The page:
Oscar was born in New York in 1832. Somewhere between the ages of 2 and 5 the family moved to Michigan to farm, and this is where he was raised. As a young man, he moved to Missouri and lived with his sister's family in Shelby County. Oscar joined the Union forces and fought nearly the entire length of the war, and then moved back to Shelby County, where he served for a time as Deputy Sheriff. Eventually, he claimed his homestead and settled in Colfax County, Nebraska. He married Frances E. Lawrence and had six children. He passed away in 1906 and is buried in Richland.
The candidates for father are...
- William Brown: I am fairly certain that Oscar had a sister named Mary. She was born in 1817 in New York, and died in 1879. On Christmas Eve of 1835, she married Josiah H. Collins in Pittsfield, Washtenaw, Michigan, and they had five children; Henry, Charles, Mary Elizabeth, Josiah Jr. and William B. When Mary died, her death record states that her father was William Brown and her mother, Mary. It would make sense that she was named after her mother, and that her children carry some of the family names, also.
- Abraham Brown: This is the name given in Oscar's obituary as his father. No other evidence of an Abraham Brown can be found.
- Isaac C. Brown: He had at least two sons, Charles F. and Oscar F., and he lived in the same area of New York that we suspect the Brown family came from when they moved to Michigan. However, he never left New York (that we know of). Isaac left a will stating that his two sons (listed above) both residing in Colfax County, Nebraska, were to be left portions of his estate and Charles was the executor. I feel that this is the least likely answer at this time. Just something in my gut, I guess.
- Tolman (or Talmon or Talman) Brown: Born in 1791 in New York, he is listed as Oscar's father n the county books for Oscar and France's marriage. His wife was listed as Mary Morvie (1782-1836), once again supporting the idea that Mary was a family name. Talmon did own property in Washtenaw County, Michigan, beginning 1 Sep 1826.
There is some speculation that William and Talmon are in fact the same man. There are branches of the family, through the Collins', that have notes indicating as such, and Mary (Brown) Collin's [see#1] headstone reads, "wife of Josiah, daughter of Talmon".
|Headstone of Mary (Brown) Collins|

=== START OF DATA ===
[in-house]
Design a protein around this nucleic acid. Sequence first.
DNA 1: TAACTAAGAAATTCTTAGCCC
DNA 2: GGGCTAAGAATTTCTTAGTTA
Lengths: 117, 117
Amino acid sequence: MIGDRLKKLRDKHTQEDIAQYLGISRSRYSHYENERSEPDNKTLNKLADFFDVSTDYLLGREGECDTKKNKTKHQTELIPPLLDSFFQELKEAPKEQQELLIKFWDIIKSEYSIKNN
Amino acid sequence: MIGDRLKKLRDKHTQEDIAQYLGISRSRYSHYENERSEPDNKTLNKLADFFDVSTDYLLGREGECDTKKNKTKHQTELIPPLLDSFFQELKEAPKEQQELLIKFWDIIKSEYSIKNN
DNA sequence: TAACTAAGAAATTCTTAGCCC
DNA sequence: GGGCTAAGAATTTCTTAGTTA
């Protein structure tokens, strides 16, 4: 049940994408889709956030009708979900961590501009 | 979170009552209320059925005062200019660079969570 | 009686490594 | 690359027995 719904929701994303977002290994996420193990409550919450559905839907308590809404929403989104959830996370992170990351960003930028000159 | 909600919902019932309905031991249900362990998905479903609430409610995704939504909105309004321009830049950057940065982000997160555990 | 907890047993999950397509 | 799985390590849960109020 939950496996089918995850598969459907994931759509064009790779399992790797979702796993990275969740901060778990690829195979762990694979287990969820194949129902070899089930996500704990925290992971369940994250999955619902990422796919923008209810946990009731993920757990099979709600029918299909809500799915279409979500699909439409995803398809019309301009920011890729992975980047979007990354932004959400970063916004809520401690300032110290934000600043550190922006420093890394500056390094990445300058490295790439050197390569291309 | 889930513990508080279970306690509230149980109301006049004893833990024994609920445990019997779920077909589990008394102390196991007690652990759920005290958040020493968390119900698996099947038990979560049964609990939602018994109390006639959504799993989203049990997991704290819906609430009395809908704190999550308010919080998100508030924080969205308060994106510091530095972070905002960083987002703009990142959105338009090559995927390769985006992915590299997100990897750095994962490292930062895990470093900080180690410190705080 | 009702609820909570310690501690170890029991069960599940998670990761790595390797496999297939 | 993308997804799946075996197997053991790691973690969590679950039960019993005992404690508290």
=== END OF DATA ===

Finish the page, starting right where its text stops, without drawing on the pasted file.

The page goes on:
Let's go back to the beginning for just a moment. I stated earlier that Oscar went to live with his sister's family in Missouri before the onset of the war. We learn about his sister through letter's in Oscar and Frances' pension file. Jennie Yoe and her husband Thomas Yoe wrote general letters to the pension board after Oscar's death in support of Frances receiving a widow's pension, stating that she was the only wife of Oscar, never remarried, and that they had known her for some time and thought her to be honest and upstanding. In the letter, Jennie states that she is the niece of Oscar, and if you back track their family, you find Jennie's mother, Harriet Brown, which you must conclude to be Oscar's sister. One would think that I could look up her parents and be done with this whole issue... but her parents have disappeared, also. I cannot find any record of her life before her marriage. The one fact that does help in this search is that Harriet and Warren were married in Washentaw County, Michigan. All roads seem to lead us there. Washentaw County is a common factor for both William and Talmon, and I have not been able to connect the other two potential fathers, Abraham and Isaac, to Michigan at all.
So it would seem that circumstantial evidence, or simply secondary information with indirect sources, have built a case that leans toward two assumptions: 1. William and Talmon are in fact the same person, and 2. William Talmon Brown is the father of Oscar F. Brown. How does this lead to frustration, you ask? Very simple in that it's not good enough to stand up to a systematic review in the genealogical community. I just simply don't have enough direct, first hand sources to prove or disprove any of the above.
The search continues...